Food Survival in Japan

Visiting Japan is neither just enjoying the sweet scenery of cherry blossoms nor having a glimpse of おたく [o-ta-ku] life in Akihabara. It can be just experiencing an authentic 温泉 [on-sen ; hot spring] after you learn the modern life in Tokyo. I do know some people who ended up doing shopping only because Japan fashion is so upbeat and fun. Like me, you probably listed Japan in your bucketlist because experiencing their culture will be a good shock to what you are used to.


Maybe you just want to indulge in sushi. Who could blame you for such reason? The love of many for Japanese cuisine may have started from loving the sushi first. I loved sushi first then went on with ramen and takoyaki…and now, sake.


I barely eat in Japanese restaurants in Philippines because they are so expensive. Most of the time , after we pay for an expensive set of sushi platter and gyudon, the authentic taste the Japanese restaurants claimed they can give was just not there.

So we still end up daydreaming of eating a real ラーメン [ra-men] or enjoying a mouthful of 餃子 [gyo-za]. And where else can this come true? Only In Japan. In the Land of the Rising Sun.

It is dissuading to know sometimes that spending on your food in Japan also means that you need to pay double the price you are used to pay in Philippines. In my previous blog, Food is the fourth most expensive you might spend in Japan. Even if we use to joke “Dala na lang ako ng de-lata para makatipid” (I’ll just bring canned food to save), we still hope that we will only eat Japanese food. If you are going to eat in a foreign land, might as well, eat what the local eat, right?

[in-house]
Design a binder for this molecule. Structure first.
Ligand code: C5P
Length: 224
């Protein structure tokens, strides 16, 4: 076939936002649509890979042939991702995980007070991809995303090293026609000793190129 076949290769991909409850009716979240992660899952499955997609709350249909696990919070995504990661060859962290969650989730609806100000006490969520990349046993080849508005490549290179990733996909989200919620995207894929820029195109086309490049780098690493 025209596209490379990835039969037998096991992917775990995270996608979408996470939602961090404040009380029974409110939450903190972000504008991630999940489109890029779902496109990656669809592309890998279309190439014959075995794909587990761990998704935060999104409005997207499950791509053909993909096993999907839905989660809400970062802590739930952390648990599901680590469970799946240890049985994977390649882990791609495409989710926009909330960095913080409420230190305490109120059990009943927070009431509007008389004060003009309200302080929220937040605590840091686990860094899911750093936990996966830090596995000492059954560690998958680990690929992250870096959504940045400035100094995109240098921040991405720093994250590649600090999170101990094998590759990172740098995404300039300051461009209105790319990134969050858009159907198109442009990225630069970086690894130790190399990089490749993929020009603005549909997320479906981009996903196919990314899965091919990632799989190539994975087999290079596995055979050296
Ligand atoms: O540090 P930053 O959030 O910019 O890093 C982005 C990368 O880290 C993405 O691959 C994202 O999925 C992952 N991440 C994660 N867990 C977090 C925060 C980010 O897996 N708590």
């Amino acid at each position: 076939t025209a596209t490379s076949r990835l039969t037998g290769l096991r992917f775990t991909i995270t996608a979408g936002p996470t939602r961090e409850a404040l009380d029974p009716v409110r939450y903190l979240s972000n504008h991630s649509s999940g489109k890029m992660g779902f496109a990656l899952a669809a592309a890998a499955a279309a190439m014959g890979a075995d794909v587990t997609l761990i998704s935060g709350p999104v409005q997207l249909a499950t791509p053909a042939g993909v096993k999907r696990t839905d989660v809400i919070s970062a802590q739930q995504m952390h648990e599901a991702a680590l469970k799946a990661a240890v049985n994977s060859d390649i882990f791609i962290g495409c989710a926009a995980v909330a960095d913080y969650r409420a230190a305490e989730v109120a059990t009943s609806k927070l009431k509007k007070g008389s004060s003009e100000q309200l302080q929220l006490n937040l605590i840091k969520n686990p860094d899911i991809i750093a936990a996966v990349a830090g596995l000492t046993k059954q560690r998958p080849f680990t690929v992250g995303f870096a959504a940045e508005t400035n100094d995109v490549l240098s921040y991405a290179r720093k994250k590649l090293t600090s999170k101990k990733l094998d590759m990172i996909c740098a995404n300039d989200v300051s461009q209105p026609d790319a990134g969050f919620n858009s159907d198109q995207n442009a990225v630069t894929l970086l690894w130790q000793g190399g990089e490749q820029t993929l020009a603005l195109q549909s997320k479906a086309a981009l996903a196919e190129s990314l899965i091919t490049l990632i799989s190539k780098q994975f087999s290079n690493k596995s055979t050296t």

So here we go. I have gathered few tips on how you can enjoy eating お好み焼き [o-ko-no-mi-ya-ki] or たこ焼き [ta-ko-ya-ki] in Osaka while saving more peso for your food escapade the next day.


Probably the most common tip you will get. Unlike in Philippines, コンビニ [kon-bi-ni; convenience store] in Japan offers literally almost everything. And it is a good thing. Konbini is really like a miniature supermarket. When it comes to food, they are so generous with varieties. It is not that Ministop and 7/11 offer near-expiry breads but the breads in konbini look like they just got out from oven. The plastic packaging is not overly crumpled and free from exaggerated design that you can’t barely see the bread inside. One pack is enough for me as a morning meal. The sizes are not “big” but “just enough”. The nicely-done breads look like they were bought from The Bread Talk and are just being sold for a lower price in convenience store.

They also sell お握り [o-ni-gi-ri; rice ball]. Rice ball is usually a mix of salmon, roe, dried tuna and pickled plum wrapped in a sheet of のり [no-ri; seaweed] and then formed into triangular or oval shapes. Onigiri is like a light meal that was mixed then shaped together. You can eat it while strolling around in Shinjuku Gyoen without the need for utensils. And it can really make you full.

You can find konbini everywhere but not really every place. So if you are walking around in Arashiyama or in any mountain or shopping mall, make sure that you buy snack in konbini first. I always keep snacks and a drink in my bagsack just to make sure I don’t have to buy food from just any store if ever I get hungry. Usually, if you are in a tourist place, stores sell food at a higher price.

Be a proactive scout.


Regardless if they are small or big restaurants, they are the same – capable to make you full. Japanese meal is always a big meal. I even wondered how the Japanese people keep slim figures if they always eat 3 big meals every day.  How come?!